New tests show that NASA’s EMDrive produces thrust in a vacuum – which means warp drive spaceships might be in our future.
Earlier this week we learned that the EMDrive – a propulsion device that already breaks rules of physics – might actually be generating warp fields. If true it’s absolutely amazing news that could enable space travel. But science urged caution. There was still a possibility the data was flawed because the EMDrive test wasn’t conducted in a vacuum. So while the reasonable instinct is to get excited, we need to wait for more information.
Now NASA has completed that vacuum test. The results were the same. The chances of warp drives in our future just increased exponentially.
NASASpaceFlight has posted a detailed breakdown of the technology, but in short – the EMDrive defies science to the point of being near-magic. First of all, it generates thrust in violation of the law of conservation of momentum. More importantly, when you fire lasers through its resonance chamber those beams appear to move faster than light. One possibility is that the EMDrive is generating a small warp field, technology that has widely been considered science fiction for decades.
“[T]he EM Drive’s thrust was due to the Quantum Vacuum (the quantum state with the lowest possible energy) behaving like propellant ions behave in a MagnetoHydroDynamics drive (a method electrifying propellant and then directing it with magnetic fields to push a spacecraft in the opposite direction) for spacecraft propulsion,” Eagleworks scientist Harold White explained. “The NASASpaceflight.com group has given consideration to whether the experimental measurements of thrust force were the result of an artifact. Despite considerable effort within the NASASpaceflight.com forum to dismiss the reported thrust as an artifact, the EM Drive results have yet to be falsified.”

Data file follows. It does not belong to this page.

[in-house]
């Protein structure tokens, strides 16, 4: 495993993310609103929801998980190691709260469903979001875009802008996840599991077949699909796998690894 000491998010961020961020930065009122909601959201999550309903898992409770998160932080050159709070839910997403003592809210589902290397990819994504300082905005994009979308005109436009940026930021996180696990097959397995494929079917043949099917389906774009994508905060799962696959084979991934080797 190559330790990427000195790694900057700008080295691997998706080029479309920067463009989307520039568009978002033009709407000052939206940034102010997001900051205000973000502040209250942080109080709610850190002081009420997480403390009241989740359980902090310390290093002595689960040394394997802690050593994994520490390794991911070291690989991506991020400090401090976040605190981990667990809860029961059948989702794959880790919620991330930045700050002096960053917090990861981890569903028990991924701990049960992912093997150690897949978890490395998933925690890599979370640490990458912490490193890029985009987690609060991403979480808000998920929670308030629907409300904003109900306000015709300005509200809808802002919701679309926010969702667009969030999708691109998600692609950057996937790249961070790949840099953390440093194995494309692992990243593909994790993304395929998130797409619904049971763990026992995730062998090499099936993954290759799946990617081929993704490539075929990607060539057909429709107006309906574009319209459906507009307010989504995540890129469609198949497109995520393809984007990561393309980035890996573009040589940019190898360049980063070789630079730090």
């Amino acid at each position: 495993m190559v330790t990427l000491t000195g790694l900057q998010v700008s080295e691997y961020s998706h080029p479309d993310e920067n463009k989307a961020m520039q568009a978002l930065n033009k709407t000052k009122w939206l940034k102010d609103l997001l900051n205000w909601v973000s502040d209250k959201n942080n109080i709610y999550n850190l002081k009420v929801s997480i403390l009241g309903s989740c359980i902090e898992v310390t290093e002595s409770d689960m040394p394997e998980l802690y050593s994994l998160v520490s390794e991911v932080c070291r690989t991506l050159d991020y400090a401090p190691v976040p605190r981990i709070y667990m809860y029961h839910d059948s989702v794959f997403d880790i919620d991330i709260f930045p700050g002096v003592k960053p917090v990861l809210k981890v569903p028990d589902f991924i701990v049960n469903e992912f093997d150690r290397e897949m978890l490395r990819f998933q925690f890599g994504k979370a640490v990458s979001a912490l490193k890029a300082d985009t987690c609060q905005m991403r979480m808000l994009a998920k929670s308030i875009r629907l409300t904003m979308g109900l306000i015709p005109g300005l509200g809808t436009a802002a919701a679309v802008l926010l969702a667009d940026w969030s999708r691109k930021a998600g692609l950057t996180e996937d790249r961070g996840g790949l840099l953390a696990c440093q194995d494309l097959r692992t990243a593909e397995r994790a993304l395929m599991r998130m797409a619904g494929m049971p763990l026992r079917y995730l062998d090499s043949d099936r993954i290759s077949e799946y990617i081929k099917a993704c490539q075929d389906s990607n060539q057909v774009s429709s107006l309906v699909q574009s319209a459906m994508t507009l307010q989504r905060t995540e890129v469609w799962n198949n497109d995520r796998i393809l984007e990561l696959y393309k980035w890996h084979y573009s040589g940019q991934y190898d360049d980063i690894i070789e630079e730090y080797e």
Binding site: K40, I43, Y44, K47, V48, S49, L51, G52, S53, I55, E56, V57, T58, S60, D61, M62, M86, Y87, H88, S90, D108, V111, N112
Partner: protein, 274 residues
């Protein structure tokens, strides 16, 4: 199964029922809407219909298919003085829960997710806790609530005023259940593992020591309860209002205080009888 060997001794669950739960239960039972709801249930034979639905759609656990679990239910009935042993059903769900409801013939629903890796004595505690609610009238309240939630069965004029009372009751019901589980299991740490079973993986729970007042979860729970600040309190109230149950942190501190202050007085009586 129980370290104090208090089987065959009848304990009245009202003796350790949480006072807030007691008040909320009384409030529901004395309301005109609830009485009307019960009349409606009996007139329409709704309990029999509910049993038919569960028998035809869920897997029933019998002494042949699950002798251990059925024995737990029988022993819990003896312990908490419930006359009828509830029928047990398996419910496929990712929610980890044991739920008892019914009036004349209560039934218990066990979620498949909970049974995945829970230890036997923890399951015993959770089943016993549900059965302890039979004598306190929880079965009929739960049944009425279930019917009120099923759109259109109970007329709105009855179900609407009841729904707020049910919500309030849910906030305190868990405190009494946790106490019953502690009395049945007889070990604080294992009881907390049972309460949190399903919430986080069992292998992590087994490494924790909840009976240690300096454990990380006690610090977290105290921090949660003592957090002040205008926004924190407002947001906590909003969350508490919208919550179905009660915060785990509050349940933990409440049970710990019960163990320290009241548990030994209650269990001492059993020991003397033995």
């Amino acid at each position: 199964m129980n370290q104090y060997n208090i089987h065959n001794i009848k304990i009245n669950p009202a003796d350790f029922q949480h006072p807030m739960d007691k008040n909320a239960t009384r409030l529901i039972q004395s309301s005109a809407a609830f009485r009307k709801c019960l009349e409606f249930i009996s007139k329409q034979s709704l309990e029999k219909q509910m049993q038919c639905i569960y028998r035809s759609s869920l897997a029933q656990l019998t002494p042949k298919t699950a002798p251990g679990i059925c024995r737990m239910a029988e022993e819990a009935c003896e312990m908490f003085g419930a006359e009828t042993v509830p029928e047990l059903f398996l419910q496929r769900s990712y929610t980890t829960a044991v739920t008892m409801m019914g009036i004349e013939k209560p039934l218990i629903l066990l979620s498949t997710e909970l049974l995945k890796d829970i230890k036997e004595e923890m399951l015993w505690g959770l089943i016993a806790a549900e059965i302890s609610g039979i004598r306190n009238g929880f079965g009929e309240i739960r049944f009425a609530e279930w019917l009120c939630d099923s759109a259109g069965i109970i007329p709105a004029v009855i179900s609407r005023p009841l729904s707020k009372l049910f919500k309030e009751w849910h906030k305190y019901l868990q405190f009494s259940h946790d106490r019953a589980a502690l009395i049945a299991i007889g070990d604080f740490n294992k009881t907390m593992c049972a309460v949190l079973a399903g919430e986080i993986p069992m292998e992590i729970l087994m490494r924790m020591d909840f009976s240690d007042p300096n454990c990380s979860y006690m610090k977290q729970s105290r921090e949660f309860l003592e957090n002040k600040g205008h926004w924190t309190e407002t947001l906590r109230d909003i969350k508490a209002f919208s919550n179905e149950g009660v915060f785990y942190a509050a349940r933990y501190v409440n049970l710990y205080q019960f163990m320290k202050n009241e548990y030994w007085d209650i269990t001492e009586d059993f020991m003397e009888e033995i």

That’s a lot of science speak, so let me put it in spaceship terms. Projections suggest that if a two-to-six person spacecraft was equipped with an EMDrive, it would reach the moon in four hours. Our current technology can send a satellite there in eight hours.
“After consistent reports of thrust measurements from EM Drive experiments in the US, UK, and China – at thrust levels several thousand times in excess of a photon rocket, and now under hard vacuum conditions – the question of where the thrust is coming from deserves serious inquiry,” White concluded.
Once again, it’s worth remembering that this may not be a warp field. The EMDrive testing is now about to undergo significant peer review while other labs try to replicate the results. And even if it checks out, it might not necessarily be feasible for space travel.
But if all goes well, at the very least we’ll have propulsion technology that doesn’t require fuel – which is insanely beneficial for future space initiatives. At the very, very best, we’ll get warp drives that can visit places we once saw with telescopes. I cannot wait to see these results, and I expect I’m not the only one.